Results based on more than 90 percent of ballots show that Thais have voted to approve a military-drafted constitution. Critics have called the charter undemocratic and warn it will entrench the junta's power.
Thailand's Election Commission announced that 61.5 percent of voters had backed the new constitution in Sunday's referendum, while 38.4 percent had rejected it.
The charter, drawn up by the junta, would lay the foundation for a civilian government influenced by the military and controlled by officials who have been appointed rather than elected.
The referendum was widely seen as a test for the popularity of the military government led by Prime Minister Prayuth Chan-ocha, a retired army general who came to power in a 2014 coup. He had promised to hold elections in 2017 after the constitution was passed.
Some 50 million people were registered to cast ballots in Sunday's poll, the first time Thais have been able to vote since the coup. Voting stations closed at 5 p.m. local time (1000 UTC), and more concrete results were expected later in the day.
Election Commissioner Somchai Srisutthiyakorn said turnout was only 55 percent.
Prime Minister Prayuth Chan-ocha casts his vote at a local polling station in the Thai capital Bangkok
The lead-up to the vote was marred by widespread international criticism over bans on campaigning and at least 195 related arrests. Opponents, including the country's major political parties, say the constitution will tighten the military's grip on power. The military, for its part, says the new document will curb political corruption and bring stability to the country.
The charter's most divisive clauses call for a junta-appointed Senate to check elected parliamentarians, and increased powers for Thai courts, already accused of political bias.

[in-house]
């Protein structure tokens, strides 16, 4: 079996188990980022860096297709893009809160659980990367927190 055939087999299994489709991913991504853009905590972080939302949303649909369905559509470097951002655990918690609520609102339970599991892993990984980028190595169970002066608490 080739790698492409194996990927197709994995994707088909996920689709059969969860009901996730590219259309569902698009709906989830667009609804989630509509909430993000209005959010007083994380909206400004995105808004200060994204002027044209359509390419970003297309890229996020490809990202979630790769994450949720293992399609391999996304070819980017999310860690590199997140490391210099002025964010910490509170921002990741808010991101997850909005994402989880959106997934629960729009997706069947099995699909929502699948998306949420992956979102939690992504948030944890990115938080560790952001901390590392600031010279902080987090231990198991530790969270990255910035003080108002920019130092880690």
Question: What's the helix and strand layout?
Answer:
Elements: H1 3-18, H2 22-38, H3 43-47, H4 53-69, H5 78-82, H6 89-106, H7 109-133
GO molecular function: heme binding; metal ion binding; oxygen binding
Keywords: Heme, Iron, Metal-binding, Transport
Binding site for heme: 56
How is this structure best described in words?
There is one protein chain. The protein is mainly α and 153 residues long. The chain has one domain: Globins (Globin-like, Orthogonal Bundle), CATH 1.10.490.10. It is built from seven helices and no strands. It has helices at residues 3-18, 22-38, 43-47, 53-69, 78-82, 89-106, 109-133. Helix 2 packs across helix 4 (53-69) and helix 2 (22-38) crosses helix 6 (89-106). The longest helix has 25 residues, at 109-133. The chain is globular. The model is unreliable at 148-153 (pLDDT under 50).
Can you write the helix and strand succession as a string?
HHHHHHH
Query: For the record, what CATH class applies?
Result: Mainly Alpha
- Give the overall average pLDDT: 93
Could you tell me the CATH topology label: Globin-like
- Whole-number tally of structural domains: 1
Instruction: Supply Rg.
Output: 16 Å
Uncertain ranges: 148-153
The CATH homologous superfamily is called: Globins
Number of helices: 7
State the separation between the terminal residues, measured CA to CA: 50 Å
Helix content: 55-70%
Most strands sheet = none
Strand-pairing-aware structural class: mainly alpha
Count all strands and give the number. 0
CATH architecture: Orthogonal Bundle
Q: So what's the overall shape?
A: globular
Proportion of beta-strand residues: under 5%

Another clause would make it easier to begin impeachment proceedings.
Climate of fear?
Amnesty International's regional deputy director, Josef Benedict, said the climate ahead of Sunday's vote was chilling.
"If people cannot speak their minds freely or take part in political activities without fear, how can they meaningfully engage in this referendum?" he said.
Another group, Thai Lawyers for Human Rights, said authorities had used a vaguely worded special law that effectively bans criticism of the charter.
The military deployed thousands of cadets to encourage eligible voters to participate in the referendum.
Since a 2006 coup, power in Thailand has flipped between elected governments led by or linked to self-exiled billionaire Thaksin Shinawatra and rule by an arch-royalist army and its establishment allies.
In May 2014, Thailand's last democratically elected government, headed by Yingluck Shinawatra, Thaksin's sister, was ousted by the military, following months of street protests.
The frail health of King Bhumibol Adulyadej, now 88, has compounded the situation as competing elites jostle ahead of any political transition.
"The stakes are high when Thais vote this time," said Gothom Arya, director of Mahidol University's Research Center for Peace Building and a junta critic.
nm,ipj/jlw (Reuters, AP, AFP)